It's happened several times: I'll be chattering away with a friend in Japanese, and they'll sneeze, and without even thinking about it I'll revert back to English to say "bless you." Is there a set phrase in Japanese I can use after someone sneezes?
Here are the results from a small poll on Facebook. Six native Japanese replied. The results can be interpreted as:
- Don't say anything if you don't know them (6 people)
- If you know them you can ask if they're okay, if they've caught a cold or have allergies: "大丈夫？", "風邪引いたの？", "花粉症なの？", or something to that effect. (2 people)
- There's no such phrase equivalent to "bless you" in Japanese (2 people)
And here are the actual results (I didn't create any of the options, it was a blank poll when I asked the question):
In my understanding, Japanese normally does not interfere with other's personal stuff most of time. So, they don't use those after sneeze. But if influenza is hot during that time, they may ask "Are you ok?".
And some people think that silent and unchanged facial expresssions are elegent on sneeze here, so there is some sneeze contest 「くしゃみ対決」 by intentional putting some tissues on their nose. And they try to decide least silent and without facial expressions change as winners and some are called 「イケメン」- a slang which means some kind of pretty boy.
I've researched a bit and it seems that such expression doesn't really exist in Japanese. There is a kind of explanation for this:
In the Western societies, there used to be a belief that sneezes could release one's soul, therefore putting it in danger because it could have been "captured" by lurking evil spirits; or it was believed that the mouth opened would allow those spirits to enter the body.
This point of view had strong religious features which, as we all already may know, weren't this strong in Asian countries or, better, they were totally absent.
This "caused" an expression such as "Bless you" to be missing. In fact, sneezing in Japan is considered in a different way than it was originally in the Western countries:
"[...] in Japan, there is a superstition that if talking behind someone's back causes the person being talked about to sneeze; as such, the sneezer can tell if something good is being said (one sneeze), something bad is being said (two sneezes in a row), even if someone is in love with them (three sneezes in a row) or if this is a sign that they are about to catch a cold (multiple sneezes)."
We could say that the most similar/close expression, which someone already mentioned in the comments, is
お大事に [おだいじに]; but it is not the exact "corresponding" expression (the meaning is "Take care of yourself") and it's not really used that much.
Finally, considering that in Japan the usual is that you don't say anything, and that it's not common if you do, it might be better to follow the local custom.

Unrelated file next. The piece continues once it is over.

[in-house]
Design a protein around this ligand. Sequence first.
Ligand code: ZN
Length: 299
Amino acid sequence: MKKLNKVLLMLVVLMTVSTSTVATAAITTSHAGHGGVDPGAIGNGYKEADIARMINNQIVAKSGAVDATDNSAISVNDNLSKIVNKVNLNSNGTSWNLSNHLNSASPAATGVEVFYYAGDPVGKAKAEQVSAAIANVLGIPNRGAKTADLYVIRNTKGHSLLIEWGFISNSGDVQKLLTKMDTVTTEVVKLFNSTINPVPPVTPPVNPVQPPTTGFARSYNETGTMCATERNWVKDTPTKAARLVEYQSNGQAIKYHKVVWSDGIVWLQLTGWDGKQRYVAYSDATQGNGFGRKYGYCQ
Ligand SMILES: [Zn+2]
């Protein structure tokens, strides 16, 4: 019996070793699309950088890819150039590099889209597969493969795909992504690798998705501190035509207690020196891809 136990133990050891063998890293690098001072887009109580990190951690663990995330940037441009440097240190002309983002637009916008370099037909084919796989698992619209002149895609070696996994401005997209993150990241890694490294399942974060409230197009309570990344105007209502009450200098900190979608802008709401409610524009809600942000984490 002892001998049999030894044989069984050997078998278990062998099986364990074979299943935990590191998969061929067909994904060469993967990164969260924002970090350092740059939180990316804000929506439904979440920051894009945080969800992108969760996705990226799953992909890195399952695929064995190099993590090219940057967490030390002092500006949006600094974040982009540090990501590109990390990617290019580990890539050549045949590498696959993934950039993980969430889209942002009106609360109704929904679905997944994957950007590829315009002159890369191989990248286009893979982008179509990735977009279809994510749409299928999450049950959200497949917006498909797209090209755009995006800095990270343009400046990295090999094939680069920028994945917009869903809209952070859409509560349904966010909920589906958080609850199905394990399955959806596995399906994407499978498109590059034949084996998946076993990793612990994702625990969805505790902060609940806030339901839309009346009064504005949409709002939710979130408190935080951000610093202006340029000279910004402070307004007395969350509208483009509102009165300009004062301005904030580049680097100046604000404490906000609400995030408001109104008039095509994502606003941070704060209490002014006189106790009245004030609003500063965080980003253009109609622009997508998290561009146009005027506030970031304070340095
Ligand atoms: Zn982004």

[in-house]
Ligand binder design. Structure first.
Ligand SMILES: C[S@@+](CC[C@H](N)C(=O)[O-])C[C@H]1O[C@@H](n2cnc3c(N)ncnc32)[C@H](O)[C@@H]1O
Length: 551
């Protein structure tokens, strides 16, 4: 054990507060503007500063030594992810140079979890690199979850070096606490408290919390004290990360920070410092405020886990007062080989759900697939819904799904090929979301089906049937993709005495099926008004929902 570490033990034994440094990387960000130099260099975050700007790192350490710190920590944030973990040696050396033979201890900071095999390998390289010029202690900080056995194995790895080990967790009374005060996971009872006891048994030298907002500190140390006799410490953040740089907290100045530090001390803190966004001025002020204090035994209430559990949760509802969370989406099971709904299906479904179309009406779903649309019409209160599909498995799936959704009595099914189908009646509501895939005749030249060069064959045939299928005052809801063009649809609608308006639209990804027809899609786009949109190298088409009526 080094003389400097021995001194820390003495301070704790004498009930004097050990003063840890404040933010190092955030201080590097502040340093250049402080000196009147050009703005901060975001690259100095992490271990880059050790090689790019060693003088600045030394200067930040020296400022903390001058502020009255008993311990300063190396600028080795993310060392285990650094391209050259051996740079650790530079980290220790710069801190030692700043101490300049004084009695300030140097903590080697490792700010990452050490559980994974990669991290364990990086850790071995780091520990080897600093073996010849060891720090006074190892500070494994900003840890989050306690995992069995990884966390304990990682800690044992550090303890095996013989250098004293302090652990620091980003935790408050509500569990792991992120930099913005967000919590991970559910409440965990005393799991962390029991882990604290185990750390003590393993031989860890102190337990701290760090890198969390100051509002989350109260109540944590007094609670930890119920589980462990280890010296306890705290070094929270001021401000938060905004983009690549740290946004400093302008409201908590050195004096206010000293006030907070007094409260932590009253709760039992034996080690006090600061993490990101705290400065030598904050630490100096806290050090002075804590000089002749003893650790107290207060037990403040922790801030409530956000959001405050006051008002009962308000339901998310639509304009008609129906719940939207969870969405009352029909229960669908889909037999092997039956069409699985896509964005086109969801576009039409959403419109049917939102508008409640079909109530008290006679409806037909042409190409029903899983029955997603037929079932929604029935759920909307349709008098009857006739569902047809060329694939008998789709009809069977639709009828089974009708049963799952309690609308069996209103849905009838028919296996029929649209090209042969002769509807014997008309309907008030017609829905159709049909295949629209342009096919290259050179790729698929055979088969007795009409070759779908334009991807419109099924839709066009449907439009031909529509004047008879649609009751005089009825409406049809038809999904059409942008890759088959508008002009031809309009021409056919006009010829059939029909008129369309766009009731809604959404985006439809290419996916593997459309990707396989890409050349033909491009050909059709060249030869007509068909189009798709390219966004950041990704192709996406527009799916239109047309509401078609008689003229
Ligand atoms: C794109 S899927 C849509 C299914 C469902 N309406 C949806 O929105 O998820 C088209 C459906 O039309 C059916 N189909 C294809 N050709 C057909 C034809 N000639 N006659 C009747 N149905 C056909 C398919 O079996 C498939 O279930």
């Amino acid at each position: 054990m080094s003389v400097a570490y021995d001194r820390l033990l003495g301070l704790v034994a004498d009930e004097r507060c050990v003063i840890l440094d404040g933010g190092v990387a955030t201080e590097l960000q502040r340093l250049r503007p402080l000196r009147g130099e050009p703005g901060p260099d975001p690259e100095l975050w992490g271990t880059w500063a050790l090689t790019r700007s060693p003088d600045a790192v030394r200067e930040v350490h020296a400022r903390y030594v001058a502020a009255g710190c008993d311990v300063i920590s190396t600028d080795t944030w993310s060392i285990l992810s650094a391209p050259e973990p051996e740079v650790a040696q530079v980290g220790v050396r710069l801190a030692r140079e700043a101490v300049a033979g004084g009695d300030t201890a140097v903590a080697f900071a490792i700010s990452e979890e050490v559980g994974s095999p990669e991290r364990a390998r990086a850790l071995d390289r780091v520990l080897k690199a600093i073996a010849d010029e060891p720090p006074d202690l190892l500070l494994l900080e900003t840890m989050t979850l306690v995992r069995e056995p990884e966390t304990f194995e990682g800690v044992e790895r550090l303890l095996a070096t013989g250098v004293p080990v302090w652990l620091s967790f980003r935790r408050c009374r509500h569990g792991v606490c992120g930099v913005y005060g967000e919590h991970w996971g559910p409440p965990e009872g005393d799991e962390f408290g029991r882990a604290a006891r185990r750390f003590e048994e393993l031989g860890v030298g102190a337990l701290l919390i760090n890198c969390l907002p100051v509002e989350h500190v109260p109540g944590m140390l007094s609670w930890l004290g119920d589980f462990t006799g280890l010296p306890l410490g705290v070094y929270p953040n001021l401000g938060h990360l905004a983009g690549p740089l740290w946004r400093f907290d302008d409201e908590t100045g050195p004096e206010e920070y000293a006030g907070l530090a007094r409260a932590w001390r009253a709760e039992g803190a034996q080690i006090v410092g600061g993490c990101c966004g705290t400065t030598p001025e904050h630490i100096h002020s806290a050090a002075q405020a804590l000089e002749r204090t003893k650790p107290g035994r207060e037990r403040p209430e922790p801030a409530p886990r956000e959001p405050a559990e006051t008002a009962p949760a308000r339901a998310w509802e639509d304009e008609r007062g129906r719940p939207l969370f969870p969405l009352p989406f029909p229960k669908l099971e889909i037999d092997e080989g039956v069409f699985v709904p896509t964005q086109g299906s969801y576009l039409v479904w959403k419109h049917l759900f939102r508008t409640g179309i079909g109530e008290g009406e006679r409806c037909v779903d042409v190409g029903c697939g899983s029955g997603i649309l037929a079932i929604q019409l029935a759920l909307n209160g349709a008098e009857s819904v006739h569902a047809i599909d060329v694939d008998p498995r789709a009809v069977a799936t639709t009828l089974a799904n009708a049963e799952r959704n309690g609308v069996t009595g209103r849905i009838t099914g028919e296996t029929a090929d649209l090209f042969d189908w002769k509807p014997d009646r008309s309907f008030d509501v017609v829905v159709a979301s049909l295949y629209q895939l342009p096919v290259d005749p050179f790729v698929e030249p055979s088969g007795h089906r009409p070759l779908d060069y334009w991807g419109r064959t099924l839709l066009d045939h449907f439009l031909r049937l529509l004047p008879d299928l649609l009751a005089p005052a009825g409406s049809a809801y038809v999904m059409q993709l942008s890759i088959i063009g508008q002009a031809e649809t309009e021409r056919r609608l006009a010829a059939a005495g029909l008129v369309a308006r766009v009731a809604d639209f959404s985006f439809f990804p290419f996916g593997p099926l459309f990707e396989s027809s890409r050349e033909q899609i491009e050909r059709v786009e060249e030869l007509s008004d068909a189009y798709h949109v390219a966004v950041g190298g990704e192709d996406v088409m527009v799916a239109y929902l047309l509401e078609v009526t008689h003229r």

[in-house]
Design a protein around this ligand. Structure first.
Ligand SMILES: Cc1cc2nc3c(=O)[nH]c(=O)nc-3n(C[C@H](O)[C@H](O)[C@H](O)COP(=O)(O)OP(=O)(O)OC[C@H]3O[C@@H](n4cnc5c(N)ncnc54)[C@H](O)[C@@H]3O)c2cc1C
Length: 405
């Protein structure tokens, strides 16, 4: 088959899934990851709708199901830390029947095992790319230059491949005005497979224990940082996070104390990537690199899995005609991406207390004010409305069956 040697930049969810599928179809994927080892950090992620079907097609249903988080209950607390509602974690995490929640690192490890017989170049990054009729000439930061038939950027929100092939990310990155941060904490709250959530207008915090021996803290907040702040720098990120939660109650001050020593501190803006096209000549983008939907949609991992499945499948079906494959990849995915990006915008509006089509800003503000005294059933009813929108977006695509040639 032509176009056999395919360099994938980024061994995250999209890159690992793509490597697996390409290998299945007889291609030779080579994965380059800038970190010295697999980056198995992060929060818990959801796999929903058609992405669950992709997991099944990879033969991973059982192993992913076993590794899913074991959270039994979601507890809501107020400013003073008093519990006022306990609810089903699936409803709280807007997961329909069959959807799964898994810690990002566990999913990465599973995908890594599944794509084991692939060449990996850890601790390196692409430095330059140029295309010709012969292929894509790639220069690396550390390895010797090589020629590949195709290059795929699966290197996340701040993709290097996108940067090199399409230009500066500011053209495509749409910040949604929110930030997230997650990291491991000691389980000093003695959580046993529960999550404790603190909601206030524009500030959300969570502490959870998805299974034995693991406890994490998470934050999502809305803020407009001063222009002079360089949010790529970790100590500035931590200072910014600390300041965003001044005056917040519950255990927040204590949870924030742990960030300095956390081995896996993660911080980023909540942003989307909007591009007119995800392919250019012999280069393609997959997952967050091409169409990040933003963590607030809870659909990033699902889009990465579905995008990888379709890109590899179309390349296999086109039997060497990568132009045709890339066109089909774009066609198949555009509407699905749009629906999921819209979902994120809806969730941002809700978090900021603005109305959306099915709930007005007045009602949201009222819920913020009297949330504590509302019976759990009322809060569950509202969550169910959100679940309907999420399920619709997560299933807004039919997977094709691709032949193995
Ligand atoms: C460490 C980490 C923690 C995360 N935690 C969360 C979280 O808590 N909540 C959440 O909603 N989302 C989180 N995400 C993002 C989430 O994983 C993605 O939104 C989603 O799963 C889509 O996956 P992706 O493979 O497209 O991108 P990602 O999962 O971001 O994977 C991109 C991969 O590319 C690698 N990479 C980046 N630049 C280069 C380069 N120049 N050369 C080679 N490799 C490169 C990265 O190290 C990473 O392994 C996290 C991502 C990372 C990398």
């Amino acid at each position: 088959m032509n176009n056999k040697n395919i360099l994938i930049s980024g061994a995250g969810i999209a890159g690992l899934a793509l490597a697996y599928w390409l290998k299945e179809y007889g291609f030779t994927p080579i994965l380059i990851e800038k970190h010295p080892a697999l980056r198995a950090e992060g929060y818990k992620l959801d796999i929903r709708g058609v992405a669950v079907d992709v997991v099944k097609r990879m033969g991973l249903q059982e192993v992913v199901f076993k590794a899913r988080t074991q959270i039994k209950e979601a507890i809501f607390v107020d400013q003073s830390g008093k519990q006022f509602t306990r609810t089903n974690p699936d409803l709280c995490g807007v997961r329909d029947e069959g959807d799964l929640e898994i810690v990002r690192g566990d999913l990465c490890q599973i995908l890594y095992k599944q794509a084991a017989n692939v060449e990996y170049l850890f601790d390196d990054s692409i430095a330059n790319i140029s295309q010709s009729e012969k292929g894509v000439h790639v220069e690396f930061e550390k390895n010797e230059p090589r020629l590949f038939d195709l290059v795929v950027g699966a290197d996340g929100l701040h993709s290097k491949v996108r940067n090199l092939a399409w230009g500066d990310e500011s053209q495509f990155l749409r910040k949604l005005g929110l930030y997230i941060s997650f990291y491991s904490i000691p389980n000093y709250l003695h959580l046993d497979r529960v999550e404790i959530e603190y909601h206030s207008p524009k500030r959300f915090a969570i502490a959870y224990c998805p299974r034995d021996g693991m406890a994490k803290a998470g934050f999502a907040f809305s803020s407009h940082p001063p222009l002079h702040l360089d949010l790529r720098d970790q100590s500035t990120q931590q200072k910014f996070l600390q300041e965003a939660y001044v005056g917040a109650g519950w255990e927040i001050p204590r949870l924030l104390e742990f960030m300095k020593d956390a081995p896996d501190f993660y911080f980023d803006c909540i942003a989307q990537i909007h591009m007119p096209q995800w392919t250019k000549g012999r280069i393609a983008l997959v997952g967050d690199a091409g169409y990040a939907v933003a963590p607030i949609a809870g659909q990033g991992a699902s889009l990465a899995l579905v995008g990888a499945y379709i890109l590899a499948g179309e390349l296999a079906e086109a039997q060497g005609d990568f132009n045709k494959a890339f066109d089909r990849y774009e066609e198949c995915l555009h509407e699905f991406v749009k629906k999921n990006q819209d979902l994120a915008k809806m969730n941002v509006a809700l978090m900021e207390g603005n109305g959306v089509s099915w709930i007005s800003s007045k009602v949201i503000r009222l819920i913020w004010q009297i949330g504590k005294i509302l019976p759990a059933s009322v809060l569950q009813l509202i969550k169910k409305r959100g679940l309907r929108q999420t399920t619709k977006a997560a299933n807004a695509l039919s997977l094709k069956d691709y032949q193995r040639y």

In Tokyo, currently, people comfortably ignore other people's sneezes. Of course, when your family (or a close friend) sneezes, it is common to ask 風邪ひいた？ (caught cold?) or something like that. However, this is equivalent to asking such questions to your family member trembling or looking pale.
A common Japanese experience in the US: when they sneeze, someone speaks a short phrase, but it is confusing because they have no idea what is going on.
Seven hundred years ago, when someone sneezed, they or people around them said くさめ. That practice has disappeared although the noun for a sneeze is still くしゃみ.
Absolutely nothing. Seriously.
During my 5 years working in Japan, I normally just heard "are you ok?", which is "Daijyobu?"
大丈夫ですか？ Simply saying that is enough to smooth the conversation or whatever. But I still believe it depends on various situations.
Depends on the number of times you've sneezed.
- Once: you can say 「そうとう嫌われてるね、あなた」 "you're quite hated eh"
- Twice: you can say 「あなたもなめられたもんだね」 "you're quite the ridiculed typed eh"
- Thrice: you can say 「ほ～もてもてじゃんか」 "ohho, aren't you popular (with the girls if boy, with the boys if girl)"
- More than above: time to get serious. 「風邪か？お大事に」 "Caught cold? Hope you get well"
Bonus points for you if you can figure out the reason for above suggestions! ← rescinded as previous answer by Alenanno pretty much gave away everything! His was another variation. Mine had そしられ first, 笑われ second.
I've been in Japan 3 years myself and haven't heard anyone respond to my sneezes. Although I'm American, I never say "bless you" to anyone in the states or here in Japan. As long as they're not sneezing on me, I feel like nothing needs to be said.
I have to agree with other posters that it gets pretty annoying to hear bless you all the time. I worked at a place where one lady would say pardon me. I swear that woman sneeze at least 20x in an hour. I finally brought earplugs to work to drown her out!
Growing up in Asia as a person of East Asian origin, strangers do not say anything says when someone sneezes; family members and friends would ask if you were sick, that's all. It just isn't part of social norms here to say something when someone sneezes. I believe this applies to China, as well as to Japan.